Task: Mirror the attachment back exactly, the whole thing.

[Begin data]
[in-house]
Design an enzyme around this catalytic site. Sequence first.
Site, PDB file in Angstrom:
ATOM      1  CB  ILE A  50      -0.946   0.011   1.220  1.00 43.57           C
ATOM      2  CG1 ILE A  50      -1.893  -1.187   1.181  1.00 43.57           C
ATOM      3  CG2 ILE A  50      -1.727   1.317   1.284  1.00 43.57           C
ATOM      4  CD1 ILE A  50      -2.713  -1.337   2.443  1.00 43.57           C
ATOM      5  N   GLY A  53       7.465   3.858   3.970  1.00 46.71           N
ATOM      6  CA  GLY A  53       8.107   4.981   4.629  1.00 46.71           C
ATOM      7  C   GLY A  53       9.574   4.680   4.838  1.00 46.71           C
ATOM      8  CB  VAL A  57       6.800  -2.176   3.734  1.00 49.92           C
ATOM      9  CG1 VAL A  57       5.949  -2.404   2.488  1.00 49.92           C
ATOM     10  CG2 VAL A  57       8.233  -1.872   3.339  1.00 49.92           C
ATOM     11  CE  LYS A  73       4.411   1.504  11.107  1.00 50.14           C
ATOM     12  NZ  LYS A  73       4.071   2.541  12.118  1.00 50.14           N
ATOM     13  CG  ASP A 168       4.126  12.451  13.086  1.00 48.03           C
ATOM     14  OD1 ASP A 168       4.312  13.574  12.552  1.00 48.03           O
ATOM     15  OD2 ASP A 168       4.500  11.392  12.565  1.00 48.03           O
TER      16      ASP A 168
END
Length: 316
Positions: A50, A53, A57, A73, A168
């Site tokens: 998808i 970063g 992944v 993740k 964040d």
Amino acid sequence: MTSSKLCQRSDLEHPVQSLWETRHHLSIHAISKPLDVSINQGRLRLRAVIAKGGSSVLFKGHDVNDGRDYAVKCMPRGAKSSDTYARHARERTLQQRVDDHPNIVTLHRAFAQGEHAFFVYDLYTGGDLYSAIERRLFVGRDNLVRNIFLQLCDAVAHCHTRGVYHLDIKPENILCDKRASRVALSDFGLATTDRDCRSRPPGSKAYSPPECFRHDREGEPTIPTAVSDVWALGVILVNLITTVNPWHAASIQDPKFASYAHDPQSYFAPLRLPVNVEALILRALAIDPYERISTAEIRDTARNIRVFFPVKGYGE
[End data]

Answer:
[in-house]
Design an enzyme around this catalytic site. Sequence first.
Site, PDB file in Angstrom:
ATOM      1  CB  ILE A  50      -0.946   0.011   1.220  1.00 43.57           C
ATOM      2  CG1 ILE A  50      -1.893  -1.187   1.181  1.00 43.57           C
ATOM      3  CG2 ILE A  50      -1.727   1.317   1.284  1.00 43.57           C
ATOM      4  CD1 ILE A  50      -2.713  -1.337   2.443  1.00 43.57           C
ATOM      5  N   GLY A  53       7.465   3.858   3.970  1.00 46.71           N
ATOM      6  CA  GLY A  53       8.107   4.981   4.629  1.00 46.71           C
ATOM      7  C   GLY A  53       9.574   4.680   4.838  1.00 46.71           C
ATOM      8  CB  VAL A  57       6.800  -2.176   3.734  1.00 49.92           C
ATOM      9  CG1 VAL A  57       5.949  -2.404   2.488  1.00 49.92           C
ATOM     10  CG2 VAL A  57       8.233  -1.872   3.339  1.00 49.92           C
ATOM     11  CE  LYS A  73       4.411   1.504  11.107  1.00 50.14           C
ATOM     12  NZ  LYS A  73       4.071   2.541  12.118  1.00 50.14           N
ATOM     13  CG  ASP A 168       4.126  12.451  13.086  1.00 48.03           C
ATOM     14  OD1 ASP A 168       4.312  13.574  12.552  1.00 48.03           O
ATOM     15  OD2 ASP A 168       4.500  11.392  12.565  1.00 48.03           O
TER      16      ASP A 168
END
Length: 316
Positions: A50, A53, A57, A73, A168
């Site tokens: 998808i 970063g 992944v 993740k 964040d």
Amino acid sequence: MTSSKLCQRSDLEHPVQSLWETRHHLSIHAISKPLDVSINQGRLRLRAVIAKGGSSVLFKGHDVNDGRDYAVKCMPRGAKSSDTYARHARERTLQQRVDDHPNIVTLHRAFAQGEHAFFVYDLYTGGDLYSAIERRLFVGRDNLVRNIFLQLCDAVAHCHTRGVYHLDIKPENILCDKRASRVALSDFGLATTDRDCRSRPPGSKAYSPPECFRHDREGEPTIPTAVSDVWALGVILVNLITTVNPWHAASIQDPKFASYAHDPQSYFAPLRLPVNVEALILRALAIDPYERISTAEIRDTARNIRVFFPVKGYGE